Chafets quotes NBC’s former Tel Aviv bureau Chief Martin Fletcher, who admitted that during the first Intifada he knew the Palestinian Arabs were manipulating the media by portraying themselves as “David” against the Israeli “Goliath,” an image he exploited in a 1988 report. “The whole uprising was media-oriented,” he acknowledged, “and, without a doubt, kept going because of the media.” Fletcher confessed to accepting offers from young Palestinian Arabs to film violent attacks against Jewish residents of Judea and Samaria.

According to investigative journalist Edwin Black, there is a systematic, almost daily, campaign by local Arab or left-wing Israeli activist’s to physically harass and taunt deployed Israeli soldiers to goad them into reacting against in-your-face insults so they can be recorded. The response to these provocations is used by the media to disparage the IDF and prosecute individual soldiers. The films are edited to eliminate the baiting so that only the reaction is seen.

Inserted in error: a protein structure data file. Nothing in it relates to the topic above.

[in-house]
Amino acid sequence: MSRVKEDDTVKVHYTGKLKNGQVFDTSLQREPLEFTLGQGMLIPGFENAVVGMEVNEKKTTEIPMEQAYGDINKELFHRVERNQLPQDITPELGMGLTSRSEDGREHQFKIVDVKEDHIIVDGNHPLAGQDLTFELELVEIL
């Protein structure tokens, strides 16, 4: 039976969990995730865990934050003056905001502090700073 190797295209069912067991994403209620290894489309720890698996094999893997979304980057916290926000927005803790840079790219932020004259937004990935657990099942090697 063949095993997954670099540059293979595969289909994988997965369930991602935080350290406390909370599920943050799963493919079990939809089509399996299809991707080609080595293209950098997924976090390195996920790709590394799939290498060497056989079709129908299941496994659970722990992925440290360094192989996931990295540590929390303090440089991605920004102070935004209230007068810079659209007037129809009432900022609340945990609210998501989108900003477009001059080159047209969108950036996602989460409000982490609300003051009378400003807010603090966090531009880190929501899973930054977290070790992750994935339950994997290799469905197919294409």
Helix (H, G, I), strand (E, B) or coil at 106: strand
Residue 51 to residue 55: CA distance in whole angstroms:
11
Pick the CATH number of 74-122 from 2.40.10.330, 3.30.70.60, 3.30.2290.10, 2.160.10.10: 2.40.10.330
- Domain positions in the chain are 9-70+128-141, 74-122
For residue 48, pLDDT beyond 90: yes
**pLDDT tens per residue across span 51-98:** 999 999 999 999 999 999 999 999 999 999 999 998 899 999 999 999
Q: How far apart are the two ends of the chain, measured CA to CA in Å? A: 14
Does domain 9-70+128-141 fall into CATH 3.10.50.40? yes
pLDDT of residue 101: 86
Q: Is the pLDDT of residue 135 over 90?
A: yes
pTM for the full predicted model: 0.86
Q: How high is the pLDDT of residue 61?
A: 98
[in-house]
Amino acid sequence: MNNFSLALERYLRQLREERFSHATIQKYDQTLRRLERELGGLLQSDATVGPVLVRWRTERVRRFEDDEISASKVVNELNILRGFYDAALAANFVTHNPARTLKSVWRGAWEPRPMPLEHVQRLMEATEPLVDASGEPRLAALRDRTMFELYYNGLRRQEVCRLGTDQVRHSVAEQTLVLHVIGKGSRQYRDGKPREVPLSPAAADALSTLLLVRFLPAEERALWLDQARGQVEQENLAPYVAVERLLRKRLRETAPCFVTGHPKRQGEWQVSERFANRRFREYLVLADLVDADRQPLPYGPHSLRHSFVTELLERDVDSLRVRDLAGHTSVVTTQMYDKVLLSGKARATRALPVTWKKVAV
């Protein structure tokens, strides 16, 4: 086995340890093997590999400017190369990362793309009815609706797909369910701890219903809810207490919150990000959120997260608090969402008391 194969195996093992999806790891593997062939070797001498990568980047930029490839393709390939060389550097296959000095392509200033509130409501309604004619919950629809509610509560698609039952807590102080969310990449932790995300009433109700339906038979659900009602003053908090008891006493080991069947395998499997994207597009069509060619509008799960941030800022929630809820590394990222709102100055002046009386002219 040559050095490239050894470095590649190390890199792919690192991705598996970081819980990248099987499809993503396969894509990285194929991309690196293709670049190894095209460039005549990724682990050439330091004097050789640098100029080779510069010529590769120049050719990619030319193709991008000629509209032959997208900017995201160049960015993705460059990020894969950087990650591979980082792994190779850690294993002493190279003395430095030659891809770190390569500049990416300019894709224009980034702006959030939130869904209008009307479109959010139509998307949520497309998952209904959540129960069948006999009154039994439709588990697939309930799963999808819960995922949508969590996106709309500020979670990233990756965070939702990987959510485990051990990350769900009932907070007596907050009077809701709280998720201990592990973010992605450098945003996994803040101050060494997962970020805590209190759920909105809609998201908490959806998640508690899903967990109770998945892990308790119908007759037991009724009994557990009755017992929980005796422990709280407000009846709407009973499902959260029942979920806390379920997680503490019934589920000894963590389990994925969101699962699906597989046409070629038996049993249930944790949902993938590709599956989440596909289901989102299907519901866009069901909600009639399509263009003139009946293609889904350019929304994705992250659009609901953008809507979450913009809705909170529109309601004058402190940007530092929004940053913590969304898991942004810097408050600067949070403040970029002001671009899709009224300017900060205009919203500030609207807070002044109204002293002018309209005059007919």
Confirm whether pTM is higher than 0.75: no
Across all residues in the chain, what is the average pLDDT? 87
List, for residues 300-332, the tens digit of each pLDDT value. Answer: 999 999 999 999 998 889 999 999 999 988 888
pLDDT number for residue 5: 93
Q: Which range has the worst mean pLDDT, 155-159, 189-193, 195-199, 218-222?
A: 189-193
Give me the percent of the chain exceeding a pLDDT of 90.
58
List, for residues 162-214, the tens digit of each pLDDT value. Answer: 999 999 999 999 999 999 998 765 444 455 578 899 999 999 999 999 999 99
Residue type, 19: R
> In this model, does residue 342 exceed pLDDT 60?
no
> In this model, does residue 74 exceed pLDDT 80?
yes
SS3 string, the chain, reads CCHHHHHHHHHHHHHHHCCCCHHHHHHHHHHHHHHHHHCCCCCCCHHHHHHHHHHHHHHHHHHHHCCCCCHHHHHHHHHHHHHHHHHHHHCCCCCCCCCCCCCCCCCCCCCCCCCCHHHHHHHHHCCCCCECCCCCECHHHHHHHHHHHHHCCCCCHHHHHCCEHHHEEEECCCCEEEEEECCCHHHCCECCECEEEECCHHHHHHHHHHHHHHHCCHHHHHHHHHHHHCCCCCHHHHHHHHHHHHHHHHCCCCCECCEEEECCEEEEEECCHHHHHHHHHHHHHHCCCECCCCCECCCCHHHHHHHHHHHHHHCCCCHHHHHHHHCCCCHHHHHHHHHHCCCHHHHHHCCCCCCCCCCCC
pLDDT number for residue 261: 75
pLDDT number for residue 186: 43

Gaza War of 2021

During the 2021 Gaza War, the New York Times published ten articles and feature stories from Gaza written and photographed by local Gazan stringers, photographers, and “fixers” declared Lenny Ben-David, who served as a senior Israeli diplomat in Washington. “Since Gaza is controlled by Hamas,” he said, “No one can report on, or photograph Hamas’s rocket launchers located in civilian neighborhoods or the extensive and expensive Hamas tunnels with weaponry stored inside.”

In fact, most foreign news organizations rely on these Gazans Ben-David confirmed. When he asked, “if he would trust Gazan fixers today, a respected Arab reporter who reported on Gaza for decades, responded, ‘Never.’” He continued, “They will report what Hamas wants them to write; photograph the pictures Hamas seeks. They cannot write or film anything that will hurt Hamas’ image. But I don’t blame the fixers,” he continued. “I blame the news producers sitting in London or New York assigning stories when they know the fixers’ restrictions.”